The vibraphone is obviously a highlight, especially when Joel Ross builds his soundscapes, like in “The Nurturer.” It’s a great album for just putting down a pleasant sound. “Gato’s Gift,” for instance, is very listenable, even if you’re not the deepest jazz fan and that holds for most of the album. There’s a lovely bass in “Calling” and “Home” that also has a very nice piano solo

There are some choppier parts here though. “Vartha” has a good, jagged solo from Immanuel Wilkins on the sax, although it could have used a little more pace. The vibraphone solo really picks up the song and there’s good drum work here as well. It crashes like the sea in the background. There’s a strong vein of Trane in here and their cover of “After The Rain” highlights that. Unfortunately though, this is not one of their stronger tracks. It’s a little overfull, especially when compared to Coltrane’s version. Nevertheless, the influence is very welcome.

This is an excellent album, but one held back by these minor missteps and one that I wish was a little bit more than what it delivered. It’s certainly not unintelligent, but I would have loved a couple of places with more challenge and greater surprise. This is, nonetheless, a stellar sophomore album and some excellent jazz.

Floating Points, Pharoah Sanders, London Symphony Orchestra – Promises

10 Apr

There’s no shortage of high-powered collaboration in music and there’s such a range of them that it’s hard for anything to really take one by surprise, but you don’t come across a trio of producer, saxophonist and orchestra everyday. You don’t come across an album this good everyday either. The three meld beautifully. It feels like the intersection of three separate strains – the ambient production of something like Green by Hiroshi Yoshimura, the nature-inspired classical music of compositions like Vivaldi’s Four Seasons and the spiritual jazz of people like Sun Ra and John Coltrane, both of whom Pharoah Sanders played with.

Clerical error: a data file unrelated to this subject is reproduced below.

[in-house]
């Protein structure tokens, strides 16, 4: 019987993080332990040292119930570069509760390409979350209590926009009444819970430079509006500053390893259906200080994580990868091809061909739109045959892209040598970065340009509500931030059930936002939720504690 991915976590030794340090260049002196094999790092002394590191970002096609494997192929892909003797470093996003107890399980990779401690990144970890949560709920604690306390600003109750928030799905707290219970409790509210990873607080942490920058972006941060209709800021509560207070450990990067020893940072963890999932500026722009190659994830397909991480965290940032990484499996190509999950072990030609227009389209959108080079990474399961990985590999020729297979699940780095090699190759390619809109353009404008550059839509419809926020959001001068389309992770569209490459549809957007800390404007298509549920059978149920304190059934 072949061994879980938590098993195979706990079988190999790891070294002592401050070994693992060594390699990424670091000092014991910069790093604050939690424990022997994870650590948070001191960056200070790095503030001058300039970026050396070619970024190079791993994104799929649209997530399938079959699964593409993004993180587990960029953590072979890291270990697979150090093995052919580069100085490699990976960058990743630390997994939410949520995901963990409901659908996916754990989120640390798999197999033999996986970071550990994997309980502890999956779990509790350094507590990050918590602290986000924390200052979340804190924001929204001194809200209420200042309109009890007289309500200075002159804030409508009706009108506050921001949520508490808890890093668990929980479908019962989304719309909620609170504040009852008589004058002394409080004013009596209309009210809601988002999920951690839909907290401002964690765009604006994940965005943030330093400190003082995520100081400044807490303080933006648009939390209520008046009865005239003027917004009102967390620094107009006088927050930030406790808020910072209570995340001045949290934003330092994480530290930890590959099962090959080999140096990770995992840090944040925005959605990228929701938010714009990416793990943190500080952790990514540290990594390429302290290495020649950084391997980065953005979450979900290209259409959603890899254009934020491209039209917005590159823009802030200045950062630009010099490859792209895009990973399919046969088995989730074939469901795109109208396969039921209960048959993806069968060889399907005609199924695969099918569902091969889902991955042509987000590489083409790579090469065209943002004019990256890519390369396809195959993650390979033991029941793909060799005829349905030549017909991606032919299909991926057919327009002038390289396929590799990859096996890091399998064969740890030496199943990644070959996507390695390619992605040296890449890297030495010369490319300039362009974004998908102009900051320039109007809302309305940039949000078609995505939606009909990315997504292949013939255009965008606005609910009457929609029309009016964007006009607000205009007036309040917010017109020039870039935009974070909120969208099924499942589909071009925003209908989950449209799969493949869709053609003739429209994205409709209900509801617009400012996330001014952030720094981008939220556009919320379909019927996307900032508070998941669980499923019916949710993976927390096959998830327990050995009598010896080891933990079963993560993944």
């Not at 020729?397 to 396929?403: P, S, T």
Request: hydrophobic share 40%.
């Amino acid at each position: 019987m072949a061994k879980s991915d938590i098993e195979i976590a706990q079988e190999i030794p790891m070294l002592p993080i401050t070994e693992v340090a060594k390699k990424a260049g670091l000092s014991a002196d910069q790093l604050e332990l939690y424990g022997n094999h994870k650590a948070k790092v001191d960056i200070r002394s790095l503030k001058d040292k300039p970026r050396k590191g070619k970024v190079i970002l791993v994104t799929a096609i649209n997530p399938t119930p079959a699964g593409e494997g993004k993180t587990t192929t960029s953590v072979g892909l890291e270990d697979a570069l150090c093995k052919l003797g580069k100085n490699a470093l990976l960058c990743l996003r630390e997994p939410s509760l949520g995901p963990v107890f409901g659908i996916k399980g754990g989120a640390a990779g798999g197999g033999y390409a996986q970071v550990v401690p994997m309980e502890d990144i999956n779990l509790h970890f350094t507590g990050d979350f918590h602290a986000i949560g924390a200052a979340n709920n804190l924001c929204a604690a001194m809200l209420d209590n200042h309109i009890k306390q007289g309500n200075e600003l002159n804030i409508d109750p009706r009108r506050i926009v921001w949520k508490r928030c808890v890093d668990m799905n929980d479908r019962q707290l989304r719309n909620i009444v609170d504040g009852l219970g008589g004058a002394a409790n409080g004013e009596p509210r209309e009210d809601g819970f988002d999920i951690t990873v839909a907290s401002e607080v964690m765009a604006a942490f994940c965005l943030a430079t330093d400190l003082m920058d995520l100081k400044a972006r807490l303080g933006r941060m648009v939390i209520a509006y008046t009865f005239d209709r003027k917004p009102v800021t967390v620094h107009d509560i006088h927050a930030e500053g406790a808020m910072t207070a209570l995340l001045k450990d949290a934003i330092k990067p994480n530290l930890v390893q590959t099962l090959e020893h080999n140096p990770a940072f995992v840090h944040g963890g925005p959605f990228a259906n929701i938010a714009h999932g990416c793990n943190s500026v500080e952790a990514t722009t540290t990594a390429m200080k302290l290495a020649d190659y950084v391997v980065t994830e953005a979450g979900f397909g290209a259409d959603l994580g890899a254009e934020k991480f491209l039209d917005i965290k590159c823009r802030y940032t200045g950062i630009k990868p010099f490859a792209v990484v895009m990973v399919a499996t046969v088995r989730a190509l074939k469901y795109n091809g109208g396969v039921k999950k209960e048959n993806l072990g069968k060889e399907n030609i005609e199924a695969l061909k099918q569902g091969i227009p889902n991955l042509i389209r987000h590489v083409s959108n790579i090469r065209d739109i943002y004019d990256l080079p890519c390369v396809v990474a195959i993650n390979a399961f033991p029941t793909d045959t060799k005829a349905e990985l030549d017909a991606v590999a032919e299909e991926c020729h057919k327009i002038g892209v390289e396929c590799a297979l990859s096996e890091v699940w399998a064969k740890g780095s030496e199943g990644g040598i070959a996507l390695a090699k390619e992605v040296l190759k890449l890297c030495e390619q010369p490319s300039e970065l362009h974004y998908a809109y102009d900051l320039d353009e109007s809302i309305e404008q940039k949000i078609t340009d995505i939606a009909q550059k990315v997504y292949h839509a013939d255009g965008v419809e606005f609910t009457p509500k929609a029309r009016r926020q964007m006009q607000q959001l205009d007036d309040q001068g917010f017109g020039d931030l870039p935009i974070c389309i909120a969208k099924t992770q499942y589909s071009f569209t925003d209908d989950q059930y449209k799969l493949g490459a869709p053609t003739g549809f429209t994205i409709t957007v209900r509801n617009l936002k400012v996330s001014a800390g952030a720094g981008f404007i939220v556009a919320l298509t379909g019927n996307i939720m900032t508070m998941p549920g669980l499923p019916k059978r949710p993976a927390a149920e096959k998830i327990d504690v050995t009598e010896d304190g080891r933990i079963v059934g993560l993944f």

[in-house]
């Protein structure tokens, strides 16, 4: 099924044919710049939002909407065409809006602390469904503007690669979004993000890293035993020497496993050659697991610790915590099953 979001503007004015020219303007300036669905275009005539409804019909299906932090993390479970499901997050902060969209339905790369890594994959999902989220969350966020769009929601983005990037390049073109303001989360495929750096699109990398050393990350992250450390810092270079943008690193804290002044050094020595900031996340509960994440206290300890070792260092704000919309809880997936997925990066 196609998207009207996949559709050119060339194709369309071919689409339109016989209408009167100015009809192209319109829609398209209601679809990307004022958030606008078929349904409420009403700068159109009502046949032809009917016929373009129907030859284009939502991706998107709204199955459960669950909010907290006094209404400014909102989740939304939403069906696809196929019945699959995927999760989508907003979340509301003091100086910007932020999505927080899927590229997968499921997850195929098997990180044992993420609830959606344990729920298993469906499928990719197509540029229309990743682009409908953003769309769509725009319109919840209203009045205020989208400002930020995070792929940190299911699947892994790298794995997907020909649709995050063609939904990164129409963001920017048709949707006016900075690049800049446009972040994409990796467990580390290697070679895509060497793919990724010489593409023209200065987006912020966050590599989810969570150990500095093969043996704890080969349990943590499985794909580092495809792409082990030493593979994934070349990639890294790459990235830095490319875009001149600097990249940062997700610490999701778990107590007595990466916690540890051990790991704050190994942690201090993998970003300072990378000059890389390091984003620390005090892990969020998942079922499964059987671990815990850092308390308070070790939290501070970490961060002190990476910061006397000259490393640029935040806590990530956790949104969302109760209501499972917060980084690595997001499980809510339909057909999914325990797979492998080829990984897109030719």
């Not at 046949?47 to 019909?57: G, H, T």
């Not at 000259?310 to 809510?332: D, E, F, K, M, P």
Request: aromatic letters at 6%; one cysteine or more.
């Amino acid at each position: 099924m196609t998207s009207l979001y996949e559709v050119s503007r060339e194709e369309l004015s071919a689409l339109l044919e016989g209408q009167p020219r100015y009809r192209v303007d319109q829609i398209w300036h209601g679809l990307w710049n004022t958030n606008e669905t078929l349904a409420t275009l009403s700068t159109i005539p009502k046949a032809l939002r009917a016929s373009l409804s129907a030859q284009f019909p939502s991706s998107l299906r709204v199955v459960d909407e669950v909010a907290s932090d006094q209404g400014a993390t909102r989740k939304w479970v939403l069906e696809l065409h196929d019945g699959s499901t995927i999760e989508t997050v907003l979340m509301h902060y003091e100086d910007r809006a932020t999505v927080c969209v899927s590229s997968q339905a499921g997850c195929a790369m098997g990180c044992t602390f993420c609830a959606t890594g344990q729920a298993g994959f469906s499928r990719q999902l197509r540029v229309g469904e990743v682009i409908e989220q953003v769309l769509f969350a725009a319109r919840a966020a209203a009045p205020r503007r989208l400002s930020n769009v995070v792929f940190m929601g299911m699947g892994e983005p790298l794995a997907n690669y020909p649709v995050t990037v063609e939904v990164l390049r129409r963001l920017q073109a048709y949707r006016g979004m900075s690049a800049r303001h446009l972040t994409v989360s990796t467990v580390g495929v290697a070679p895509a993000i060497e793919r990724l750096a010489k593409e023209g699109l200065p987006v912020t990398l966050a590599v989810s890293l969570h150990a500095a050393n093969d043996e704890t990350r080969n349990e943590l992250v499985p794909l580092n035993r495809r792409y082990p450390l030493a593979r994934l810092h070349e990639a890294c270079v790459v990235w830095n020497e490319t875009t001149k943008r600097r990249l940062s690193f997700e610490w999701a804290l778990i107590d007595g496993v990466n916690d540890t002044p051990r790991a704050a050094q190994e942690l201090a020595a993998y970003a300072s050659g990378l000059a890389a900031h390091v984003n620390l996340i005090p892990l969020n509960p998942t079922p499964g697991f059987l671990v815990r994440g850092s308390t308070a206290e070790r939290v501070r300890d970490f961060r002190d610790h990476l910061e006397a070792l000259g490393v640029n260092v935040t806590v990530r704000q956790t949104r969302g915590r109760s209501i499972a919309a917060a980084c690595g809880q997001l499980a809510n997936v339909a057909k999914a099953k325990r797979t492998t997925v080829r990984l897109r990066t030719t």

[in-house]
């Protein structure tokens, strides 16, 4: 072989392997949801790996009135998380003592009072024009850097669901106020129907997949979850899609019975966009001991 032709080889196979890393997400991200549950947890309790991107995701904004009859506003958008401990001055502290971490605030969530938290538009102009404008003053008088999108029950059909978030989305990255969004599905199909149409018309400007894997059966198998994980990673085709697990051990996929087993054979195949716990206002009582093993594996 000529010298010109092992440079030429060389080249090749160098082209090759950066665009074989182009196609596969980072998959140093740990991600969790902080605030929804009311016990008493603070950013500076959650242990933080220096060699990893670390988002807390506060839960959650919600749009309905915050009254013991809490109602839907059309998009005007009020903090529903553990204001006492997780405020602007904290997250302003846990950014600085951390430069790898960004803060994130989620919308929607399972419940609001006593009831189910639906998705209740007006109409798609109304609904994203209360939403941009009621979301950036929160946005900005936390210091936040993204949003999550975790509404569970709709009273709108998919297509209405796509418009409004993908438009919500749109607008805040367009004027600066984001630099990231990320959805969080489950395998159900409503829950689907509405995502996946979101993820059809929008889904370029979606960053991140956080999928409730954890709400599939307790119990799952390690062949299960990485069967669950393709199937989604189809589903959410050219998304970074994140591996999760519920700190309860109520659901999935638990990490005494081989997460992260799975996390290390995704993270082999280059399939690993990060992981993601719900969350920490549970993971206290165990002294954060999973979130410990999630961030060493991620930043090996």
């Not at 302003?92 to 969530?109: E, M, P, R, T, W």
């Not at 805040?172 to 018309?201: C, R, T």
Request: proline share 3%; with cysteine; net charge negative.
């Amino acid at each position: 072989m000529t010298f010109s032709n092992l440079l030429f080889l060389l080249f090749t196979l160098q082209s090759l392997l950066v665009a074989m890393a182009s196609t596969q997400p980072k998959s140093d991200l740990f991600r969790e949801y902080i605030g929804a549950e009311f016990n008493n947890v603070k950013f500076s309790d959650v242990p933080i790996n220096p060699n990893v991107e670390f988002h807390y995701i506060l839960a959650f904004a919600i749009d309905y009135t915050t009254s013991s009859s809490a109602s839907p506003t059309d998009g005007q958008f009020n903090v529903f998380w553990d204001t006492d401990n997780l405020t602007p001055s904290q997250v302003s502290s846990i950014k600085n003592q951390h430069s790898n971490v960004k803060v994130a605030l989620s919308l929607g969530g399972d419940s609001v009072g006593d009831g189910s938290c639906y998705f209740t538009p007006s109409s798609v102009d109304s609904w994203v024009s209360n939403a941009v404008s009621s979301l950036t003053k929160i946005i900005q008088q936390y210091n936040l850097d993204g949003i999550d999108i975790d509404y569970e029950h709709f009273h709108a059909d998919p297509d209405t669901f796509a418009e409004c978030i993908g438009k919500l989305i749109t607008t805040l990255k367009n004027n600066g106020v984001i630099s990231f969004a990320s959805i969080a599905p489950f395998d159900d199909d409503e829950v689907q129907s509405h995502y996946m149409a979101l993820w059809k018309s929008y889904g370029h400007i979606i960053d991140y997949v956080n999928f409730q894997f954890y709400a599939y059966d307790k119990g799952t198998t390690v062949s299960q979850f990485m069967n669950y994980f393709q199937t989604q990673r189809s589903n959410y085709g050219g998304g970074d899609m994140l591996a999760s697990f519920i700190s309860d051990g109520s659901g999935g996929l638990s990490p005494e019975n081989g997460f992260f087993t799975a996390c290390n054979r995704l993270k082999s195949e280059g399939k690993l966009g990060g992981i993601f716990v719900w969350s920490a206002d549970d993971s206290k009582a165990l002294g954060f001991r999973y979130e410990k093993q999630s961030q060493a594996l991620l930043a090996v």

The album evokes lush, verdant scenes whether through Floating Points’ productions as in “Movement 7” or the Orchestra in “Movement 6.” This is not the jungle, because the jungle lacks the intensity of this music. The colors of these soundscapes are too bright, too intense to be nature. They instead capture the feel of nature at its most immersive and leave you with nothing to distract from it. It is that first moment of experiencing a new vista made into a full album.

It’s filled with detail though. The refrain that ripples throughout the album is distinctive and beautiful. It’s wonderfully open-ended and accents the ambient music very cleverly. You can also feel the presence of many different organisms in the music. There are little flourishes of background hollering and chirping that enliven the music and add depth.

It’s the saxophone that really brings the human element to this album though. Sanders’ jazz comes in hot and adds that heat to what might otherwise be a very austere album. He even vocalizes in “Movement 4” and that integrates beautifully with the ripples of the music. He doesn’t go for the sheets of sound you might expect, but instead plays pure, drawn-out notes that express so much in their tone. When he comes in at the 7th minute of “Movement 7” with a sax scream, it’s the perfect way to agitate the existing music. Pharoah Sanders brings such a strong voice to this collaboration and his saxophone is the most noticeable thing here.

This an astonishing addition to some of the more storied careers in music history, a very individual album and music of the absolute highest tier.

Rob Mazurek / Exploding Star Orchestra – Dimensional Stardust

4 Mar